As social media proliferates, dealing with a loved one’s digital footprint after their death will become an increasingly complicated issue, says Anna Hacker, wills and estates accredited specialist at Equity Trustees Limited (EQT).
“The treatment of physical assets in the estate planning process is well documented, but what about digital ones?” Ms Hacker asks.
“In the brave new world of FaceBook, Twitter, Instagram, Ebay, Paypal, LinkedIn, Kik, and the like, the process of shutting down a loved one’s social media account after death is not clear cut.
“What’s more, ownership of the material in the account, such as stored digital images, does not automatically pass to the estate beneficiaries.
“The issue for many is that they want to access photos that are stored on their deceased family members social media sites. In this digital age, when many of our photos are stored on social media sites, and nowhere else, it can be distressing to be denied access.”
Ms Hacker says social media aspects of estate planning are an emerging problem that will hit critical mass in the future.
“To date, social media hasn’t been a big issue in the estate planning process as the older generation is not as attuned to it. However, it will become a growing issue in the future, complicated by the fact that the legal treatment of digital assets after death is not clear cut.
“Social media assets, and how to account for them, is an issue we are increasingly raising with our clients when we are providing an estate planning service, to ensure they have thought through the implications.
“But the generation that really utilises social media heavily hasn’t been affected en mass yet.”
Ms Hacker says most social media sites do have policies on how a deceased person’s account can be closed by an executor, but the process depends completely on the terms and conditions of that entity.
“Being across what will happen with one social media account, is no guarantee that you are across the treatment that will apply for all of them,” Ms Hacker says.
“With Yahoo media, for example, the account is automatically closed in the event of the account holders death. With Facebook, the account can be converted to a memorial page. There is no uniformity of treatment.”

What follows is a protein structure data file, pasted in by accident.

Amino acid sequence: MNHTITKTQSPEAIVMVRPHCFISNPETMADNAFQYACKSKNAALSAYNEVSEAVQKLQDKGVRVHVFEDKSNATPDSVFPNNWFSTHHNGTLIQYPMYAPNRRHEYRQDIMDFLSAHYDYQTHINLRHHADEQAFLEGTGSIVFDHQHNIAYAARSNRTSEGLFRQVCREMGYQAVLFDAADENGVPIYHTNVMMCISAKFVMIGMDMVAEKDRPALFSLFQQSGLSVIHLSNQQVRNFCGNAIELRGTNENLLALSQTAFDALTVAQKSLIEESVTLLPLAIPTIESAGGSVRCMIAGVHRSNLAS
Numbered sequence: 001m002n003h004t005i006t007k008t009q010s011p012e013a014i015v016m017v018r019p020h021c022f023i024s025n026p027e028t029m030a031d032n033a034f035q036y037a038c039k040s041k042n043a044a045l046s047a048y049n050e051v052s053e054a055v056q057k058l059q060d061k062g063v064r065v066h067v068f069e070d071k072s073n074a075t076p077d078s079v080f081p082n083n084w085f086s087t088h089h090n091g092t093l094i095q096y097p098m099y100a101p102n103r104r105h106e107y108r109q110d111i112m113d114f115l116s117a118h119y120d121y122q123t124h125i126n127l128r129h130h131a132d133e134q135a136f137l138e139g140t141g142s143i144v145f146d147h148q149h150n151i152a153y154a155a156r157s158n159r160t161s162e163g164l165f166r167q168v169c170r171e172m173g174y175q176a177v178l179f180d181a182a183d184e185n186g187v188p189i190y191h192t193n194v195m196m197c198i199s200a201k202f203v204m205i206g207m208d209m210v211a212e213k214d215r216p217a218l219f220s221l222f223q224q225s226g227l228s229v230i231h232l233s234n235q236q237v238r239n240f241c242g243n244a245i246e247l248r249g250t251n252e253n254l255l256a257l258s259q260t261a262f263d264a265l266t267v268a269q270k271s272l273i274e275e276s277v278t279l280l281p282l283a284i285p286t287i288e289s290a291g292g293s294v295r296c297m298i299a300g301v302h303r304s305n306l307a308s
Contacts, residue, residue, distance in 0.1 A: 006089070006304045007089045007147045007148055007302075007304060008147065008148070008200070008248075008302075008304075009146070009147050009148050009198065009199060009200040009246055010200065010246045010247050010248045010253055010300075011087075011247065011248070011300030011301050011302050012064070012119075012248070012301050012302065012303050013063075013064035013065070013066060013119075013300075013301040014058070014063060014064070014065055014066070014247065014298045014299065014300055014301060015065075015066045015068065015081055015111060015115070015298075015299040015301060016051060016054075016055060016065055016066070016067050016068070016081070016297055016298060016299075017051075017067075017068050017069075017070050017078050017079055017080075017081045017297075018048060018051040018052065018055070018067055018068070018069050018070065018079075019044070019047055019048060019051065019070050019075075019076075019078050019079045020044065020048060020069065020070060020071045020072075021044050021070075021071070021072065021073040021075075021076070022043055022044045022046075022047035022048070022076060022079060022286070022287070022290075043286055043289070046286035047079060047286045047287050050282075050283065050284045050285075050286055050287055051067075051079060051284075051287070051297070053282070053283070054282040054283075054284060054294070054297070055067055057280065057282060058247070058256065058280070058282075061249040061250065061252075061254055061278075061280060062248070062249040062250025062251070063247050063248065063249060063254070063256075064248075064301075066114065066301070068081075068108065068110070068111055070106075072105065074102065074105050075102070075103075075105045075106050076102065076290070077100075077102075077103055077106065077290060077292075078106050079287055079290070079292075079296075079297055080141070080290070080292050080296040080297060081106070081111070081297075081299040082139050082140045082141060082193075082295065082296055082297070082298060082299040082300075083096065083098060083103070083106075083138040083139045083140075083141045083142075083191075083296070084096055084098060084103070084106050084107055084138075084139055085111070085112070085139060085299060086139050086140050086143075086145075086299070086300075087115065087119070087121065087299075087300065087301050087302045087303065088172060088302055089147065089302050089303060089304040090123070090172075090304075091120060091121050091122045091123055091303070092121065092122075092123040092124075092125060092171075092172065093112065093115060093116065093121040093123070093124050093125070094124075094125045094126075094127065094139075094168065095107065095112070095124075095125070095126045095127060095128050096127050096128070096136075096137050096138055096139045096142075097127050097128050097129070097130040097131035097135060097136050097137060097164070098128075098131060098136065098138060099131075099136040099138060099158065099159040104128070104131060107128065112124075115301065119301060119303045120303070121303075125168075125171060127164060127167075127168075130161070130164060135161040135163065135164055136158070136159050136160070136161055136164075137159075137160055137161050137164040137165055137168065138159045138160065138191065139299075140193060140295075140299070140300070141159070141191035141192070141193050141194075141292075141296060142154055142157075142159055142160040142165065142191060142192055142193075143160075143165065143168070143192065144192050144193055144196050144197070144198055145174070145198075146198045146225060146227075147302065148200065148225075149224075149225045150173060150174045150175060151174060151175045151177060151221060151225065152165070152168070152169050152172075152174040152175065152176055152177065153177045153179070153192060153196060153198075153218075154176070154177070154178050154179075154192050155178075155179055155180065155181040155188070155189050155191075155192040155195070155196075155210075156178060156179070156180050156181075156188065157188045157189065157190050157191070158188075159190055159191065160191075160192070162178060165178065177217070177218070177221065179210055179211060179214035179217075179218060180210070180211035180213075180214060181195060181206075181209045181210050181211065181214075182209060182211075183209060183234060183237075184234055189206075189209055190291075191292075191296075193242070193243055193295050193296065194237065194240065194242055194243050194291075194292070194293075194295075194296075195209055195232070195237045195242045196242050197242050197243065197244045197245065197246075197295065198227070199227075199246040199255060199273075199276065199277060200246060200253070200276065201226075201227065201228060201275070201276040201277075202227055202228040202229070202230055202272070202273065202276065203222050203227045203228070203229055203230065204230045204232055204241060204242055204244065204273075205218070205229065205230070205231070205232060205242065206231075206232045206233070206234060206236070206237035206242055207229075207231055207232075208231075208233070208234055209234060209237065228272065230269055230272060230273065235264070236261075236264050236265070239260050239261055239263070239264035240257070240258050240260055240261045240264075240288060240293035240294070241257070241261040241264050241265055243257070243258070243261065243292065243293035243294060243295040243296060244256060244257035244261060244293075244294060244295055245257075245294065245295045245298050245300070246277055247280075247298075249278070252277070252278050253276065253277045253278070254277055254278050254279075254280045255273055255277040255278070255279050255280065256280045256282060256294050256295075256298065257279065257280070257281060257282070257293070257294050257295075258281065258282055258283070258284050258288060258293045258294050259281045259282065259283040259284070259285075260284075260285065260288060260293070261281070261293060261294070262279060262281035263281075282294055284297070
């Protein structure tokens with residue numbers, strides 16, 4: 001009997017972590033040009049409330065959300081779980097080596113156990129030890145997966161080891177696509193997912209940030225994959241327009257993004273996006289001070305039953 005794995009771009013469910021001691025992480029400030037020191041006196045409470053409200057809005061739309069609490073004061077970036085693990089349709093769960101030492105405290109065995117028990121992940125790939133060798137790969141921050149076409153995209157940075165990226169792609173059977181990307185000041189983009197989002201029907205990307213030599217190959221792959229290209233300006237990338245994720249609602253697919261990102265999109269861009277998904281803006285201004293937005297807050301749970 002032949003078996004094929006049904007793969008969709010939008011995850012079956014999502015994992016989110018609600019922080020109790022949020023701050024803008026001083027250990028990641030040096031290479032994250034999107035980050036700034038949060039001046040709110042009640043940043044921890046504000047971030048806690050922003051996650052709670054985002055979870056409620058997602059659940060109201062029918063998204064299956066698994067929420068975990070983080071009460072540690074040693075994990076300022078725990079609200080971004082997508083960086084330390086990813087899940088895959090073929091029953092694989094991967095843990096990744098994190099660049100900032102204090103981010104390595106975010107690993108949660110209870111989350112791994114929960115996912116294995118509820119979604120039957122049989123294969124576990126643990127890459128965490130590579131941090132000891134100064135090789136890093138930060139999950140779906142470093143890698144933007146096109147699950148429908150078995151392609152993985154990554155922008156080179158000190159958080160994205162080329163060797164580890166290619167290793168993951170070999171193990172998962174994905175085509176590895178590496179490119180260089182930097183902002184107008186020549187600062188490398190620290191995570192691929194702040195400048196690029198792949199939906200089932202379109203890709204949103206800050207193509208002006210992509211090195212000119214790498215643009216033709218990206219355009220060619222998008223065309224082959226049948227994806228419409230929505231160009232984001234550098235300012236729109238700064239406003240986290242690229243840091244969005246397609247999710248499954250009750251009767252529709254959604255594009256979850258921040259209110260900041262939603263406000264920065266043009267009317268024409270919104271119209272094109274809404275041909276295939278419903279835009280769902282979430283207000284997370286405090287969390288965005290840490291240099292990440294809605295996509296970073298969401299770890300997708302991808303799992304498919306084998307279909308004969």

The issue can be further complicated by the different legal jurisdictions that these sites operate in.
“When you open a bank account with your local branch, you know that bank and you know that branch. But when you open an online account on social media, you could be anywhere.
“Most platforms are based in the US, and would have the relevant US law apply. In some circumstances you may need a court order to access the information, and often people won’t know this until it is too late.”
Ms Hacker says there are steps that can be taken in the estate planning and will drafting process that will assist.
“The best approach is to ensure that you leave your social media details behind. In the same way that you might leave behind details for the code to a safe, you can leave a sealed document, stored with your will, containing all the information relating to your passwords and online accounts.
“Even this approach is problematic however, as online account passwords are often required to be updated regularly.
“Another issue to be considered is that by accessing an account after the account holder’s death, you could be acting illegally.
“The law hasn’t caught up with the implications of the treatment of digital assets on an account holder’s death, to properly deal with it. It is important that people are aware of this when completing their estate plan,” Ms Hacker concludes.
Ms Hacker’s tips for dealing with social media include:
Equity Trustees Limited (EQT) is a publicly listed company that provides a range of financial services to corporate and private clients. Its businesses include asset management, distribution, responsible entity appointments, private client wealth management, and corporate and personal superannuation.
For more information please contact:
Anna Hacker – Phone: 0433 138 004
31 July 2014